In every way, Yu Woo-seong was a model defector. In his early 30s, he was smart, friendly, ambitious, and well liked.
Trained as a doctor in North Korea, he eschewed the competitive South Korean medical school system and instead pursued a bachelor's degree in business and Chinese at a prominent Seoul university. Although he was still adapting to his new environment, Yu completed his university studies in 2011, having been in South Korea for less than six years.
While taking on organizing roles in Seoul-based clubs and organizations for North Korean defectors, Yu gained entry into a master's degree program in education and social welfare. Less than one year into his graduate studies he was hired by Seoul's city hall as a special attaché for North Korean defector projects. He balanced this demanding, full-time role with being president of a North-South youth organization. In addition to his study and work commitments, Yu was in high demand as a "reunification lecturer," giving information to South Korean government departments and schools about life in North Korea.
By most measures, there were few if any traces of Yu's "North Koreanness." Although his accent would, on occasion, hint at his foreign origins, he seemed comfortable in North Korean, South Korean, and Western social circles. In every way, he was a model assimilation case.
All that changed early this year, when Yu was arrested as a North Korean spy.
The evidence against Yu was based on testimony from his sister, Yu Ga-Ryeo, collected during her own defection interview with South Korea's National Information Service (NIS) in October 2012. During the intense and highly secretive interrogation that all aspiring defectors are subject to upon entering the country, Yu's sister "confessed" that her brother was a spy (She also implicated herself in the alleged espionage activity). In January 2013, the South Korean government accused Yu of giving vital information-including a list of defectors residing in South Korea (information he was privy to through his work at City Hall) - to North Korean authorities located in China.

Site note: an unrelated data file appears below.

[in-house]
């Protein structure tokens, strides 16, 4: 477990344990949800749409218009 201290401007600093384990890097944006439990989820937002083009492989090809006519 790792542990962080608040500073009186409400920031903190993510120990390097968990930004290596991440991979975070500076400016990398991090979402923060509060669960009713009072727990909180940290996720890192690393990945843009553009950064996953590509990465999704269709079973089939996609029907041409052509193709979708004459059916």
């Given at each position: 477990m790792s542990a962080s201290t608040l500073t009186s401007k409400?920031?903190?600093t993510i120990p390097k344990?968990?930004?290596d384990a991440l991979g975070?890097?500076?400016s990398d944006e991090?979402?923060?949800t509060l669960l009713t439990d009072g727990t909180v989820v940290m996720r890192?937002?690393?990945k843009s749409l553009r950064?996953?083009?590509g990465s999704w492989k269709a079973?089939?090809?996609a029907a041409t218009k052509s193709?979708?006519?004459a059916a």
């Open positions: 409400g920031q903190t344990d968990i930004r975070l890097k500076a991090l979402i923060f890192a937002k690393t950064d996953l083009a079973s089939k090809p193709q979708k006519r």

The plot took a further twist on March 5, when, after Yu had spent 179 days in detention, his sister retracted her testimony, claiming that she had been subject to physical and psychological abuse at the hands of NIS agents and deceived into making the confession. Later, she also spoke out against the abuses she claimed she had suffered at the hands of NIS agents, including reportedly being kicked and hit in the head. "I copied [the confession] with my own handwriting and signed it. I'm really sorry for what I have done to my brother," she said.
After being released from custody, Yu's sister was sent to China, where she has steadfastly maintained that her brother is innocent. News Tapa, a Korean investigative journalism outlet, probed the details of the case and agreed with Yu's sister's story, concluding that the evidence against Yu was fabricated under circumstances of torture. The NIS maintains that violence was not used to extract the confession from Yu's sister.
The details of this case have remained sketchy at best, as both sides have accused the other of deception. One detail, however, has emerged as incontrovertible fact: Yu and his family are Chinese nationals who were born in North Korea.